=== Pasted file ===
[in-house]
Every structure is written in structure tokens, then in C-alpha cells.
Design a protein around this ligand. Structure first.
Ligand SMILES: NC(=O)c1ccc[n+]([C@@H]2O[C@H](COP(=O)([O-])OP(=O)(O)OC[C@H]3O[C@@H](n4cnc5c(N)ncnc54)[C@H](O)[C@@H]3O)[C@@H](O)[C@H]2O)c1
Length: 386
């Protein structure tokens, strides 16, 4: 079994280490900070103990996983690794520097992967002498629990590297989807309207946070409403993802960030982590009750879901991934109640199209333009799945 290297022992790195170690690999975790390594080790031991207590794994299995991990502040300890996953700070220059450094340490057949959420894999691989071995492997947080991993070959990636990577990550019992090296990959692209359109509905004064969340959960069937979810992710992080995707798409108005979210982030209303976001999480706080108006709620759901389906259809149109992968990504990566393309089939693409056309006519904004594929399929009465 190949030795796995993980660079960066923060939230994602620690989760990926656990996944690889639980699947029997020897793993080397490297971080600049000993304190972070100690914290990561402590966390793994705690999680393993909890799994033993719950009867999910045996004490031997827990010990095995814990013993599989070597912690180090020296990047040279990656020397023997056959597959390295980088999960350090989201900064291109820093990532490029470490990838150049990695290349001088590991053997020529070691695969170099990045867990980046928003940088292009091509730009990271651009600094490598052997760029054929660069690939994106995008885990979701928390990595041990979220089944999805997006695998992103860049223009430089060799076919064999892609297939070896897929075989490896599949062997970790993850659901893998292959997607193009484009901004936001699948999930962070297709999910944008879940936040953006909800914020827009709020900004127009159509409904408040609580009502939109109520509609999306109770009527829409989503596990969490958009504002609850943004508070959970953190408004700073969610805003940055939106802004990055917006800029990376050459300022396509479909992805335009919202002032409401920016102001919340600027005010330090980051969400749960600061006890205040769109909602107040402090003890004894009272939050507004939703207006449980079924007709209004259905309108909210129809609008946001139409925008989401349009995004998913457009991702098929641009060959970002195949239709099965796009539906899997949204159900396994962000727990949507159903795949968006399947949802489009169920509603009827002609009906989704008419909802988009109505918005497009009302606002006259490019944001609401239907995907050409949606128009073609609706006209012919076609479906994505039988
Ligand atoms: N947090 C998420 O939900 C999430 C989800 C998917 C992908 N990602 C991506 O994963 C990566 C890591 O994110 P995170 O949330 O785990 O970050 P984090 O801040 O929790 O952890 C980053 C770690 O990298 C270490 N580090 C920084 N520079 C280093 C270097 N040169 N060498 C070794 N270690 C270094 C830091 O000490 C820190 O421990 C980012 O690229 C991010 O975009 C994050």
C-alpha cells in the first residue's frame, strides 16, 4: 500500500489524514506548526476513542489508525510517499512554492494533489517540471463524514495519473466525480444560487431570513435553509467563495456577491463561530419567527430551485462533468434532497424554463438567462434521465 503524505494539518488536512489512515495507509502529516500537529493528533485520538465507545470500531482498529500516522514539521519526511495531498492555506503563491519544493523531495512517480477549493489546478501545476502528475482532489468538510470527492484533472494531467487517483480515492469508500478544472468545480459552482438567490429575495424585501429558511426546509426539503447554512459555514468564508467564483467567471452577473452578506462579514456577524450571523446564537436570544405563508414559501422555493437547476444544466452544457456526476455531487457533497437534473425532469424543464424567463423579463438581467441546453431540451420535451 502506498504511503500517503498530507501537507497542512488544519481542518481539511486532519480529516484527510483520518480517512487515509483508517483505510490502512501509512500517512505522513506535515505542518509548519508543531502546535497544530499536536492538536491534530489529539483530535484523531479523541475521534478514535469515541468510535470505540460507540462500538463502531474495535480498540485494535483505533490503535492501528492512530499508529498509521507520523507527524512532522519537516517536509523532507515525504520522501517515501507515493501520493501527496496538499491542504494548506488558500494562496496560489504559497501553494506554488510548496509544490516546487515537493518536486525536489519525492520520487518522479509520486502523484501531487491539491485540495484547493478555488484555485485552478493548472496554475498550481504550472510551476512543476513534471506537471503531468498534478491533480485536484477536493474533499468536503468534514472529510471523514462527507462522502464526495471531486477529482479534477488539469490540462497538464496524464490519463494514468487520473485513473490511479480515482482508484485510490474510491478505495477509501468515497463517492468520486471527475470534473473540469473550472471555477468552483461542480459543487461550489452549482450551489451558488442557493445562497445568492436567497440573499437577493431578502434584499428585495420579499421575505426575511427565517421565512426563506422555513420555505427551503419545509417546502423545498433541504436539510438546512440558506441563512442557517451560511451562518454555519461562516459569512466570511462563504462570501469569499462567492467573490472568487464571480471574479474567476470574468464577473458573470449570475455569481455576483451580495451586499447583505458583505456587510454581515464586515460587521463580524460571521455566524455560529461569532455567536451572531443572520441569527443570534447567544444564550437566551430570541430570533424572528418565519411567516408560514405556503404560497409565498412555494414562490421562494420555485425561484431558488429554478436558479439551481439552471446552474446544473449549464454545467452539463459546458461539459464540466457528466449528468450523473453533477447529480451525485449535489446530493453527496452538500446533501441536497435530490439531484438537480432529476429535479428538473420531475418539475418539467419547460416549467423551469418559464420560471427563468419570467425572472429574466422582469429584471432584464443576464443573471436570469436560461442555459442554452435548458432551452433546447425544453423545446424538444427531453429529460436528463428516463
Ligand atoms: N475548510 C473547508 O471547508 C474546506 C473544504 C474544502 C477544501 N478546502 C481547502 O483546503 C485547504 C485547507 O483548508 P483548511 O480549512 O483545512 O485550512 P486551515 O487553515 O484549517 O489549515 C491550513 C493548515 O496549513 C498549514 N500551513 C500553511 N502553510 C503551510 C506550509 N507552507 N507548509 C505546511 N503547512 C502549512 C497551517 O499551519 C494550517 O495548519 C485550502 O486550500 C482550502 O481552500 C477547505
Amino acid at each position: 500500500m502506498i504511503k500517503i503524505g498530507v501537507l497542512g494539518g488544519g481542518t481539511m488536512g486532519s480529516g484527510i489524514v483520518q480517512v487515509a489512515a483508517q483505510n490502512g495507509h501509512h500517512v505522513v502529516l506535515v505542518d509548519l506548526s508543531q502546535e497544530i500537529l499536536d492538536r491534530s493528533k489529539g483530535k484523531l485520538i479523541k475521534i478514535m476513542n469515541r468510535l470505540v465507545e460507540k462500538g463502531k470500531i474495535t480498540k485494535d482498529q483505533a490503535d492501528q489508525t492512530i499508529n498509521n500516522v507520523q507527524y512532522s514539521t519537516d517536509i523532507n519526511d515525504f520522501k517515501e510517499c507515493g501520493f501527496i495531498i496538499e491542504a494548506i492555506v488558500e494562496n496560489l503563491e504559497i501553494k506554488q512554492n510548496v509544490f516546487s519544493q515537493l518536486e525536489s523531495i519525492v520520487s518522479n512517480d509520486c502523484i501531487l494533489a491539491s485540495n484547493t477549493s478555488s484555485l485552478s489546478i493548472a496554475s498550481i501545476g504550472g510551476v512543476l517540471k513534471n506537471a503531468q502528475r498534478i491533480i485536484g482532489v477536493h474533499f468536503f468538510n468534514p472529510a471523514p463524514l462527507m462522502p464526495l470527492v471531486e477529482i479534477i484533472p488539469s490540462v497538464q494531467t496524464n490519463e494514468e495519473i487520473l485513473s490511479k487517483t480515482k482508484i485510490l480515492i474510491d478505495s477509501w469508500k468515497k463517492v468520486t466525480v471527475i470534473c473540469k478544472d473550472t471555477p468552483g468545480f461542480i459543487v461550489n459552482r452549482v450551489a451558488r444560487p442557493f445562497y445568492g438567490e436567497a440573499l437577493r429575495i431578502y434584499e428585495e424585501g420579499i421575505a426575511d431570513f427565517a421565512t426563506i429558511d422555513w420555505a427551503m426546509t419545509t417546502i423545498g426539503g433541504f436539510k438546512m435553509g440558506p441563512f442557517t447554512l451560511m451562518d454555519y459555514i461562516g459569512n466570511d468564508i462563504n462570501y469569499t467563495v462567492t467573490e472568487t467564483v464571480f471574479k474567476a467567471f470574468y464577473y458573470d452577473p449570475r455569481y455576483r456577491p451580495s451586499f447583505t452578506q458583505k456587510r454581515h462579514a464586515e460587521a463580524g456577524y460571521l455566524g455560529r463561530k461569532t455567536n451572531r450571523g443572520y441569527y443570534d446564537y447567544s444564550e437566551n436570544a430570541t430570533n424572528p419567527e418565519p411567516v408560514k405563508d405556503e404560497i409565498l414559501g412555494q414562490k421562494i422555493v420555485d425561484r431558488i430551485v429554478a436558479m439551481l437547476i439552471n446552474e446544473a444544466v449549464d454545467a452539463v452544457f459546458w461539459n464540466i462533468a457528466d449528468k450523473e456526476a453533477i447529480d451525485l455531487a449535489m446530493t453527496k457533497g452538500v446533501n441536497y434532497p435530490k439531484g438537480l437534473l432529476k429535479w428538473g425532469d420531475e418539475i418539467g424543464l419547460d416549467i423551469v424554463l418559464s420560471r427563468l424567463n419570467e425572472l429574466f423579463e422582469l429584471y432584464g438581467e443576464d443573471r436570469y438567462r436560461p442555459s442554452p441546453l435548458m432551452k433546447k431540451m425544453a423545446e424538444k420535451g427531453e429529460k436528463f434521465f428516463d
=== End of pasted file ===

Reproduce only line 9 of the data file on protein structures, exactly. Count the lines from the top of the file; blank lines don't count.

Ligand atoms: N475548510 C473547508 O471547508 C474546506 C473544504 C474544502 C477544501 N478546502 C481547502 O483546503 C485547504 C485547507 O483548508 P483548511 O480549512 O483545512 O485550512 P486551515 O487553515 O484549517 O489549515 C491550513 C493548515 O496549513 C498549514 N500551513 C500553511 N502553510 C503551510 C506550509 N507552507 N507548509 C505546511 N503547512 C502549512 C497551517 O499551519 C494550517 O495548519 C485550502 O486550500 C482550502 O481552500 C477547505